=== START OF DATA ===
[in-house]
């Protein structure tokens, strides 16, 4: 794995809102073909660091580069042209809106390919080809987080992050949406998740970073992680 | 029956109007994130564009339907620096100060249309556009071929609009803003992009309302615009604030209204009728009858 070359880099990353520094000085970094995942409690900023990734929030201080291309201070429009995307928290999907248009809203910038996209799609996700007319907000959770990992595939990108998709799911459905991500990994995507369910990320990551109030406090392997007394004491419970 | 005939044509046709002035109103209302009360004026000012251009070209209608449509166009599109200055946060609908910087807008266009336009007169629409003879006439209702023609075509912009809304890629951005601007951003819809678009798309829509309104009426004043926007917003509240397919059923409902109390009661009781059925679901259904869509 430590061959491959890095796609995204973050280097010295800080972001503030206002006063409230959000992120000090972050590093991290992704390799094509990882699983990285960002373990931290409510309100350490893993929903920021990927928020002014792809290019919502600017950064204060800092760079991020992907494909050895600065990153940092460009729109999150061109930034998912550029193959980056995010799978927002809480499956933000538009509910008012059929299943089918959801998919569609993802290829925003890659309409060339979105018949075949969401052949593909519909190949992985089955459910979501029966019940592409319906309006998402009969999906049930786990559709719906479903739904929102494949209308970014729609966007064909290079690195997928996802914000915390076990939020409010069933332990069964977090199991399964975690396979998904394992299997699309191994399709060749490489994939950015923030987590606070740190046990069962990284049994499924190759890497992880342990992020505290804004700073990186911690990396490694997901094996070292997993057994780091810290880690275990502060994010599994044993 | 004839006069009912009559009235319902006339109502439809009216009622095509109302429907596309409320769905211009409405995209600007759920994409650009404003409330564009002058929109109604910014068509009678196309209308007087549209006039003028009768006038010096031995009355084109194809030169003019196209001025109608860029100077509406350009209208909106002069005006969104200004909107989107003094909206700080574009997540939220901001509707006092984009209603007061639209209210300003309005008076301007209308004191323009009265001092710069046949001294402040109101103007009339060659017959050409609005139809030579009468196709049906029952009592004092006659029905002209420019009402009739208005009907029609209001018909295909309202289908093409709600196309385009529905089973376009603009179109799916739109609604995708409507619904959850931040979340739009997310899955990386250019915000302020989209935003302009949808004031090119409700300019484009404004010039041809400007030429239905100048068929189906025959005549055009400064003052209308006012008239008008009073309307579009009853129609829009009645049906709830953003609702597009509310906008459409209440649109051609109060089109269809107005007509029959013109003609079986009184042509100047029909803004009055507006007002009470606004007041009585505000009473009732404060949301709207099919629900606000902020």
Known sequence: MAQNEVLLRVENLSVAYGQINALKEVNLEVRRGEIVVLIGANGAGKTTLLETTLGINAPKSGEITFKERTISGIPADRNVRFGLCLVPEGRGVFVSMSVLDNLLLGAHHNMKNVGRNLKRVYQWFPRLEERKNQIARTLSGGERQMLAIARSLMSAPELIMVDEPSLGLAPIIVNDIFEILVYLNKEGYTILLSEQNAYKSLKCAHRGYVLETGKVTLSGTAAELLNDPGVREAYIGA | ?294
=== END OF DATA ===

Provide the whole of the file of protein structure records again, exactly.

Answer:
[in-house]
């Protein structure tokens, strides 16, 4: 794995809102073909660091580069042209809106390919080809987080992050949406998740970073992680 | 029956109007994130564009339907620096100060249309556009071929609009803003992009309302615009604030209204009728009858 070359880099990353520094000085970094995942409690900023990734929030201080291309201070429009995307928290999907248009809203910038996209799609996700007319907000959770990992595939990108998709799911459905991500990994995507369910990320990551109030406090392997007394004491419970 | 005939044509046709002035109103209302009360004026000012251009070209209608449509166009599109200055946060609908910087807008266009336009007169629409003879006439209702023609075509912009809304890629951005601007951003819809678009798309829509309104009426004043926007917003509240397919059923409902109390009661009781059925679901259904869509 430590061959491959890095796609995204973050280097010295800080972001503030206002006063409230959000992120000090972050590093991290992704390799094509990882699983990285960002373990931290409510309100350490893993929903920021990927928020002014792809290019919502600017950064204060800092760079991020992907494909050895600065990153940092460009729109999150061109930034998912550029193959980056995010799978927002809480499956933000538009509910008012059929299943089918959801998919569609993802290829925003890659309409060339979105018949075949969401052949593909519909190949992985089955459910979501029966019940592409319906309006998402009969999906049930786990559709719906479903739904929102494949209308970014729609966007064909290079690195997928996802914000915390076990939020409010069933332990069964977090199991399964975690396979998904394992299997699309191994399709060749490489994939950015923030987590606070740190046990069962990284049994499924190759890497992880342990992020505290804004700073990186911690990396490694997901094996070292997993057994780091810290880690275990502060994010599994044993 | 004839006069009912009559009235319902006339109502439809009216009622095509109302429907596309409320769905211009409405995209600007759920994409650009404003409330564009002058929109109604910014068509009678196309209308007087549209006039003028009768006038010096031995009355084109194809030169003019196209001025109608860029100077509406350009209208909106002069005006969104200004909107989107003094909206700080574009997540939220901001509707006092984009209603007061639209209210300003309005008076301007209308004191323009009265001092710069046949001294402040109101103007009339060659017959050409609005139809030579009468196709049906029952009592004092006659029905002209420019009402009739208005009907029609209001018909295909309202289908093409709600196309385009529905089973376009603009179109799916739109609604995708409507619904959850931040979340739009997310899955990386250019915000302020989209935003302009949808004031090119409700300019484009404004010039041809400007030429239905100048068929189906025959005549055009400064003052209308006012008239008008009073309307579009009853129609829009009645049906709830953003609702597009509310906008459409209440649109051609109060089109269809107005007509029959013109003609079986009184042509100047029909803004009055507006007002009470606004007041009585505000009473009732404060949301709207099919629900606000902020």
Known sequence: MAQNEVLLRVENLSVAYGQINALKEVNLEVRRGEIVVLIGANGAGKTTLLETTLGINAPKSGEITFKERTISGIPADRNVRFGLCLVPEGRGVFVSMSVLDNLLLGAHHNMKNVGRNLKRVYQWFPRLEERKNQIARTLSGGERQMLAIARSLMSAPELIMVDEPSLGLAPIIVNDIFEILVYLNKEGYTILLSEQNAYKSLKCAHRGYVLETGKVTLSGTAAELLNDPGVREAYIGA | ?294